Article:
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Gevo opens renewable paraxylene plant in Texas

08.26.2013  | 

The paraxylene facility is located adjacent to Gevo's existing jet fuel plant in Silsbee, Texas, and establishes the site as a biorefinery serving the renewable chemicals and true drop-in biofuels markets.

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Gevo held a ribbon-cutting ceremony on Monday for its demonstration-scale paraxylene plant in Silsbee, Texas.

The paraxylene facility is located adjacent to Gevo's existing jet fuel plant in Silsbee, and establishes the site as a biorefinery that will serve the renewable chemicals and true drop-in biofuels markets.

Gevo says it is working with The Coca-Cola Company to deliver a new production technology for renewable paraxylene, a key building block for producing fully-renewable PET for beverage bottles. Research and development (R&D) support for this plant was provided by Coca-Cola.

Gevo is also working with Toray Industries to develop renewable paraxylene, a building block for fully renewable polyester for packaging films and fibers used in textiles, clothing and other applications. Funding assistance for the construction of the paraxylene plant was provided by Toray.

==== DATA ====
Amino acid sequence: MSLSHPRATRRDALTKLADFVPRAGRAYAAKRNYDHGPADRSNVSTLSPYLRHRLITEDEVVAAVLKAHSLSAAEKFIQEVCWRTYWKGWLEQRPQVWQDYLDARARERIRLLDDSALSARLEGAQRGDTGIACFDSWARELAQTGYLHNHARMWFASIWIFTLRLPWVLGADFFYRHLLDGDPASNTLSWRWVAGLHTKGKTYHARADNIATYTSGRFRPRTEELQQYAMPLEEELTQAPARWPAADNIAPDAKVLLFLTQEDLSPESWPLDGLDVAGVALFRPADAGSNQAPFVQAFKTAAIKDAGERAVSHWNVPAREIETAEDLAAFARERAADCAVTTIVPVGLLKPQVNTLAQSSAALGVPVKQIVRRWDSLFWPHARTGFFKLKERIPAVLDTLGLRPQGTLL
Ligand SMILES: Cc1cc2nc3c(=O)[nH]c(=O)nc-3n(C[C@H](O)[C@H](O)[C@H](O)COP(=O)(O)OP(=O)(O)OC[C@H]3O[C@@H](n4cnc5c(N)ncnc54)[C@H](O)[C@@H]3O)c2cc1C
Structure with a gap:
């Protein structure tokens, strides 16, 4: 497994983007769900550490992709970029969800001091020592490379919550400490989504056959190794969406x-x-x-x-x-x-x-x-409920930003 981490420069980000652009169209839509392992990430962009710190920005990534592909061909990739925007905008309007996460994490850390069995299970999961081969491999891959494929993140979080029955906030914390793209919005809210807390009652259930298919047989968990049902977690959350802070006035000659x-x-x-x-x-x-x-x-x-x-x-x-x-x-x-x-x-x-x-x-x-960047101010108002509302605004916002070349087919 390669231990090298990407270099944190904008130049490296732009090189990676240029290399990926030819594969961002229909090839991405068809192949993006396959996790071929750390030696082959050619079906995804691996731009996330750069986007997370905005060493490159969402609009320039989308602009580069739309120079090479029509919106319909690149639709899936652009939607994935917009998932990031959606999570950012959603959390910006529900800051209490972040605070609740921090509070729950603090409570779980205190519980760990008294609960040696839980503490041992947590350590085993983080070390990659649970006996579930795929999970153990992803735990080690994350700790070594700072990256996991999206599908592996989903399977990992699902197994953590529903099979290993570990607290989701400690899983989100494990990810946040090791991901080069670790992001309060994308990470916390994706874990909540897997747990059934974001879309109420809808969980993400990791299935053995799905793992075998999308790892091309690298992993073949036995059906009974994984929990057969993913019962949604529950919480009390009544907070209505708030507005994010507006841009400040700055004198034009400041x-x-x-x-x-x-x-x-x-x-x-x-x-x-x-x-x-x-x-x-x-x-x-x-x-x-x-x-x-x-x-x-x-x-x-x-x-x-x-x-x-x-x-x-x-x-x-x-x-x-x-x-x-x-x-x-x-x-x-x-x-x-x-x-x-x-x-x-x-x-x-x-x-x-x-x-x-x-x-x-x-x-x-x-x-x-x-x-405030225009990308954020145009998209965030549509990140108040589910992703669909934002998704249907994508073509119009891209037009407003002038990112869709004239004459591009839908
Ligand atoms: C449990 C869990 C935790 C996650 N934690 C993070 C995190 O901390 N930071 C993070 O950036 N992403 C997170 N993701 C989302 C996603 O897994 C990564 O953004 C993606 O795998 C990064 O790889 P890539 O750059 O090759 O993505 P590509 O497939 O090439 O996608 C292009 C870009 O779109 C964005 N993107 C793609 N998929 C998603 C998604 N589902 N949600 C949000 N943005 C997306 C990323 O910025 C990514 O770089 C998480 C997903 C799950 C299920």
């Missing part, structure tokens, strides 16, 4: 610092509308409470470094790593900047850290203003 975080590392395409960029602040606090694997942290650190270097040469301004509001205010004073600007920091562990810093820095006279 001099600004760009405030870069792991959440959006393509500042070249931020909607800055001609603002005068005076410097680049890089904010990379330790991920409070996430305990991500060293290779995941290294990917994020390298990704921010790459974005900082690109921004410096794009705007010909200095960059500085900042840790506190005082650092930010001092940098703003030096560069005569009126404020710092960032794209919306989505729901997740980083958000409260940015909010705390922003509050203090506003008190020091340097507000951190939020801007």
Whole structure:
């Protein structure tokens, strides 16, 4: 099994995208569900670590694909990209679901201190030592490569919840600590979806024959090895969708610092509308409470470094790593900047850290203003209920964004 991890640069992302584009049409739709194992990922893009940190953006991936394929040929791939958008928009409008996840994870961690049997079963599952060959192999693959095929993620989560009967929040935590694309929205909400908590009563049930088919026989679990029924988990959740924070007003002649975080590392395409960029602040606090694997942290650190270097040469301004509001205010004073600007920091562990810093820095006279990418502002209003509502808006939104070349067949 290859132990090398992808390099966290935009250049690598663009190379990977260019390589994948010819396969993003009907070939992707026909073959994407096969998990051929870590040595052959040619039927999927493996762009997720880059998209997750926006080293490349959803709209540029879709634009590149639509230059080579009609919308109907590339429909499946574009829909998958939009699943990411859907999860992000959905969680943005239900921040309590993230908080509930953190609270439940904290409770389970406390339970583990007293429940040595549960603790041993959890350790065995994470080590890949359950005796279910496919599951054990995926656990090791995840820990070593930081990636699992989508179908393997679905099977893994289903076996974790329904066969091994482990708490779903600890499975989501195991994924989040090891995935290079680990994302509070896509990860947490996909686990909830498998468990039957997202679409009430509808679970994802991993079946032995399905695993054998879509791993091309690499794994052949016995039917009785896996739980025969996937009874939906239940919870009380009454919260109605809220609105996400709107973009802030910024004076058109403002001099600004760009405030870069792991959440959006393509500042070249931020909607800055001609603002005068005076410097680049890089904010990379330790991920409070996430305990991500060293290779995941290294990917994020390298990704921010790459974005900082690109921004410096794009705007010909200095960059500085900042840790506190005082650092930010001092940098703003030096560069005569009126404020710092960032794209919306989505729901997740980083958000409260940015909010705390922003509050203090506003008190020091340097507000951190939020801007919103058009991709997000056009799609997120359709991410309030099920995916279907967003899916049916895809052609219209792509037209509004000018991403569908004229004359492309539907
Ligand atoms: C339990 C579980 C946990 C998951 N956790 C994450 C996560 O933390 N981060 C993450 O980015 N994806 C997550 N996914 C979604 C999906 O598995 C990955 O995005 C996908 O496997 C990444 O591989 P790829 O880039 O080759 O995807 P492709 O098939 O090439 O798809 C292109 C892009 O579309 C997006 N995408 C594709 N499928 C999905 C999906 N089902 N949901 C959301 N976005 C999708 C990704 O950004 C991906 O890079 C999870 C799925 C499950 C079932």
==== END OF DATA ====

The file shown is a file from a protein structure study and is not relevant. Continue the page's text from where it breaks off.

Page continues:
Project officials noted that Gevo and Toray have successfully produced fully renewable and recyclable polyethylene terephthalate (PET) fibers and films from isobutanol at laboratory scale in 2011.

Toray has also signed an offtake agreement for paraxylene produced at the Silsbee facility, in which Toray will purchase paraxylene from Gevo and will convert it into PET fibers, textiles and films for scale-up evaluation and market development purposes.

"We believe we have an elegant, viable route to fully-renewable, non-petroleum derived PET and we are pleased that The Coca-Cola Company and Toray have supported this work," said Patrick Gruber, Gevo's CEO. "Fully renewable PET has the potential to make the world a better place by reducing our dependence on oil and the environmental consequences associated with petroleum-based raw materials."

The majority of the world's PET production is for synthetic fibers (in excess of 60%), with bottle production accounting for around 30% of global demand. Gevo's paraxylene, once converted to bio-based PET, has high potential for any commercial application currently served by petroleum-derived PET, according to company officials.



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